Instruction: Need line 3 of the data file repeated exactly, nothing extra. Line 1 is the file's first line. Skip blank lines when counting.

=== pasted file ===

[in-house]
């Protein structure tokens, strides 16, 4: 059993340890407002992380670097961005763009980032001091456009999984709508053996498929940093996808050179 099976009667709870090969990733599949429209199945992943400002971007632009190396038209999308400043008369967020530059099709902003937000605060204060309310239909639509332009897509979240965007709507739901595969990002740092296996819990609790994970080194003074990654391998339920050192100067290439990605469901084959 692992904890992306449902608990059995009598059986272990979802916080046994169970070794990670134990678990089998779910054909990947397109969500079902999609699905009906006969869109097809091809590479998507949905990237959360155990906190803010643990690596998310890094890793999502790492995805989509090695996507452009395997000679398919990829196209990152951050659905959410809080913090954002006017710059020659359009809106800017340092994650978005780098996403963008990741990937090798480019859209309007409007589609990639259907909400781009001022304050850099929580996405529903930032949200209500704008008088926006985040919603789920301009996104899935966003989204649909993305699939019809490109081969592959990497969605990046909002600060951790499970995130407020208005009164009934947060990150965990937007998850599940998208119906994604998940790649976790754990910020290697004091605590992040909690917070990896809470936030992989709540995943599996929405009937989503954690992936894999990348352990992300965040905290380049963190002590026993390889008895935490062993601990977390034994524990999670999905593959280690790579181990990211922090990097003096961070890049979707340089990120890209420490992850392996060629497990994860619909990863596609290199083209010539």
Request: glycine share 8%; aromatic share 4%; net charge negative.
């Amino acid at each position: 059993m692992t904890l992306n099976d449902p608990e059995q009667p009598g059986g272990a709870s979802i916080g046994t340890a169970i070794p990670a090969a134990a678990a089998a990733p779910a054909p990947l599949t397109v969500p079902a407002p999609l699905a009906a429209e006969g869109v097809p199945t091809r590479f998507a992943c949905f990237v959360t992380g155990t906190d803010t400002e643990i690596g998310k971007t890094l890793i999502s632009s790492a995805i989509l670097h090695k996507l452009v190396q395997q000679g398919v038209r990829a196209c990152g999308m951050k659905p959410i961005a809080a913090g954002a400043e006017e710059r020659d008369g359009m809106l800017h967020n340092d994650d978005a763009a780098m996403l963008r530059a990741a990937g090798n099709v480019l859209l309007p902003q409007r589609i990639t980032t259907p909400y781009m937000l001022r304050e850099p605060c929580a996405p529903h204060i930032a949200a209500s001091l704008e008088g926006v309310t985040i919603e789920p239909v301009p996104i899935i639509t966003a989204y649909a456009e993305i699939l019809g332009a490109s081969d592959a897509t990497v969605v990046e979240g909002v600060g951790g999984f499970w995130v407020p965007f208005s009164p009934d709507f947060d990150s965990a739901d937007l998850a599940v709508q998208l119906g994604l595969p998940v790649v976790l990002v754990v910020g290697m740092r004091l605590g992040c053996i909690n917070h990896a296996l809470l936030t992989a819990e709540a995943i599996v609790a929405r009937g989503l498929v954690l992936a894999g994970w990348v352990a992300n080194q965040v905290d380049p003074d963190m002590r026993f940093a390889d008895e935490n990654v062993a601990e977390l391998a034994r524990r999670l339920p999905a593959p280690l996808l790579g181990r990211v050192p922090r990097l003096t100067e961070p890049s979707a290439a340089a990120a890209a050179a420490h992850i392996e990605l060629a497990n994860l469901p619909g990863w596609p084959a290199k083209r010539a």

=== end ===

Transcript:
Request: glycine share 8%; aromatic share 4%; net charge negative.